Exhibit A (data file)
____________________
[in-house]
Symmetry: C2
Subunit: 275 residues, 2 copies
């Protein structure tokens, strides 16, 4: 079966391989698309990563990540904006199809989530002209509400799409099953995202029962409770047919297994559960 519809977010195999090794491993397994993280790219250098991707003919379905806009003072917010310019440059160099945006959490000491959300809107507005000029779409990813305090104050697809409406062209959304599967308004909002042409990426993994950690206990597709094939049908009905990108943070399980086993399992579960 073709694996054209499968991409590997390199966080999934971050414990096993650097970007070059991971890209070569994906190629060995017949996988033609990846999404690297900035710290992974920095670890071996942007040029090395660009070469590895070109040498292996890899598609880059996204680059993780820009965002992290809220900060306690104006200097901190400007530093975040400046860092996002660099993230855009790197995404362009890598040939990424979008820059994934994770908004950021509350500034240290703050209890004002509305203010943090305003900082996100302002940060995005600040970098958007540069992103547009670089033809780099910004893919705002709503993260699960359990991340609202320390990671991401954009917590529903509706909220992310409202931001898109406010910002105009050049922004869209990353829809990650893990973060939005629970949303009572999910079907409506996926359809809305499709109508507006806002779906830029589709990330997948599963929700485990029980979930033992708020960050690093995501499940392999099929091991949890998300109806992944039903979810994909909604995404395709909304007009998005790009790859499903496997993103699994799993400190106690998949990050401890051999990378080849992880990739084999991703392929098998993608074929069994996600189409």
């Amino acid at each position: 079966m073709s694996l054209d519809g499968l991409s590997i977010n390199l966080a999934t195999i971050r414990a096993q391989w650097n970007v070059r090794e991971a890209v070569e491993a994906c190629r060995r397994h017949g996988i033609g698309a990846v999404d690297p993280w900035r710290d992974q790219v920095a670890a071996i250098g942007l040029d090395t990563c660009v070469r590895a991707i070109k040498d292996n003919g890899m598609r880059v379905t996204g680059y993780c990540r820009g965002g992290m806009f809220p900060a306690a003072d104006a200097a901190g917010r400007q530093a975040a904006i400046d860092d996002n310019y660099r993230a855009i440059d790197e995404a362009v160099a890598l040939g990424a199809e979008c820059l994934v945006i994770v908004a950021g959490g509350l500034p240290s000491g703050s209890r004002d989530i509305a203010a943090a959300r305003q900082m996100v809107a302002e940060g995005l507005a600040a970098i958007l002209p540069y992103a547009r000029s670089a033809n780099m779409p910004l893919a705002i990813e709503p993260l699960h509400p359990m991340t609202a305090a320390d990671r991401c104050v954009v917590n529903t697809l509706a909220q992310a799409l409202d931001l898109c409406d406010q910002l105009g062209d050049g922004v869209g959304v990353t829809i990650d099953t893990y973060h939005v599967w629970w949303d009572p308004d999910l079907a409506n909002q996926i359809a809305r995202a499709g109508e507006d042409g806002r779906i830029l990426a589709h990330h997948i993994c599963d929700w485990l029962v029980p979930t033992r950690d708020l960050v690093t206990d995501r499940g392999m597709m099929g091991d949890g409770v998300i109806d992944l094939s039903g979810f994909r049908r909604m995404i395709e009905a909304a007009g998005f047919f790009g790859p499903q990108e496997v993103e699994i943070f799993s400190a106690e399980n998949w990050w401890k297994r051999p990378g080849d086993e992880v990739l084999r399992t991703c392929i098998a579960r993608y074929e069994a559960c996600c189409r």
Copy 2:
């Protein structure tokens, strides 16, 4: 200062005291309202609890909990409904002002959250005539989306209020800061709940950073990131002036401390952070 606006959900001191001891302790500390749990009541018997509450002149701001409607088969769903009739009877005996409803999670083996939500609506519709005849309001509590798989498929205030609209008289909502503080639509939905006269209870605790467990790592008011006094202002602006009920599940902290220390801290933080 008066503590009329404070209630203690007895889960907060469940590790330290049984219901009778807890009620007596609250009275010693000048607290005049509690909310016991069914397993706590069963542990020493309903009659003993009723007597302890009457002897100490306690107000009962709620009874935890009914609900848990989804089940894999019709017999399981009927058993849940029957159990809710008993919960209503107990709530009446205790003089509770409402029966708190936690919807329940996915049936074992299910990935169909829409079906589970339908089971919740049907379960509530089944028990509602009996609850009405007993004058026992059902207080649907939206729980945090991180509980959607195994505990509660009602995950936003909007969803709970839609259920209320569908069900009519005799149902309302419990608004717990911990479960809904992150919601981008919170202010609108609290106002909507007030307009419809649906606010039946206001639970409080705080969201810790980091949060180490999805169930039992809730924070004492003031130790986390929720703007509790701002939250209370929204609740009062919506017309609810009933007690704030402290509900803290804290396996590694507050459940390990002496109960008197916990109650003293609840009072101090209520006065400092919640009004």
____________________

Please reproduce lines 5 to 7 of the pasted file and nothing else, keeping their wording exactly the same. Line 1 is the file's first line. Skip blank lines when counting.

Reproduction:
């Amino acid at each position: 079966m073709s694996l054209d519809g499968l991409s590997i977010n390199l966080a999934t195999i971050r414990a096993q391989w650097n970007v070059r090794e991971a890209v070569e491993a994906c190629r060995r397994h017949g996988i033609g698309a990846v999404d690297p993280w900035r710290d992974q790219v920095a670890a071996i250098g942007l040029d090395t990563c660009v070469r590895a991707i070109k040498d292996n003919g890899m598609r880059v379905t996204g680059y993780c990540r820009g965002g992290m806009f809220p900060a306690a003072d104006a200097a901190g917010r400007q530093a975040a904006i400046d860092d996002n310019y660099r993230a855009i440059d790197e995404a362009v160099a890598l040939g990424a199809e979008c820059l994934v945006i994770v908004a950021g959490g509350l500034p240290s000491g703050s209890r004002d989530i509305a203010a943090a959300r305003q900082m996100v809107a302002e940060g995005l507005a600040a970098i958007l002209p540069y992103a547009r000029s670089a033809n780099m779409p910004l893919a705002i990813e709503p993260l699960h509400p359990m991340t609202a305090a320390d990671r991401c104050v954009v917590n529903t697809l509706a909220q992310a799409l409202d931001l898109c409406d406010q910002l105009g062209d050049g922004v869209g959304v990353t829809i990650d099953t893990y973060h939005v599967w629970w949303d009572p308004d999910l079907a409506n909002q996926i359809a809305r995202a499709g109508e507006d042409g806002r779906i830029l990426a589709h990330h997948i993994c599963d929700w485990l029962v029980p979930t033992r950690d708020l960050v690093t206990d995501r499940g392999m597709m099929g091991d949890g409770v998300i109806d992944l094939s039903g979810f994909r049908r909604m995404i395709e009905a909304a007009g998005f047919f790009g790859p499903q990108e496997v993103e699994i943070f799993s400190a106690e399980n998949w990050w401890k297994r051999p990378g080849d086993e992880v990739l084999r399992t991703c392929i098998a579960r993608y074929e069994a559960c996600c189409r």
Copy 2:
């Protein structure tokens, strides 16, 4: 200062005291309202609890909990409904002002959250005539989306209020800061709940950073990131002036401390952070 606006959900001191001891302790500390749990009541018997509450002149701001409607088969769903009739009877005996409803999670083996939500609506519709005849309001509590798989498929205030609209008289909502503080639509939905006269209870605790467990790592008011006094202002602006009920599940902290220390801290933080 008066503590009329404070209630203690007895889960907060469940590790330290049984219901009778807890009620007596609250009275010693000048607290005049509690909310016991069914397993706590069963542990020493309903009659003993009723007597302890009457002897100490306690107000009962709620009874935890009914609900848990989804089940894999019709017999399981009927058993849940029957159990809710008993919960209503107990709530009446205790003089509770409402029966708190936690919807329940996915049936074992299910990935169909829409079906589970339908089971919740049907379960509530089944028990509602009996609850009405007993004058026992059902207080649907939206729980945090991180509980959607195994505990509660009602995950936003909007969803709970839609259920209320569908069900009519005799149902309302419990608004717990911990479960809904992150919601981008919170202010609108609290106002909507007030307009419809649906606010039946206001639970409080705080969201810790980091949060180490999805169930039992809730924070004492003031130790986390929720703007509790701002939250209370929204609740009062919506017309609810009933007690704030402290509900803290804290396996590694507050459940390990002496109960008197916990109650003293609840009072101090209520006065400092919640009004």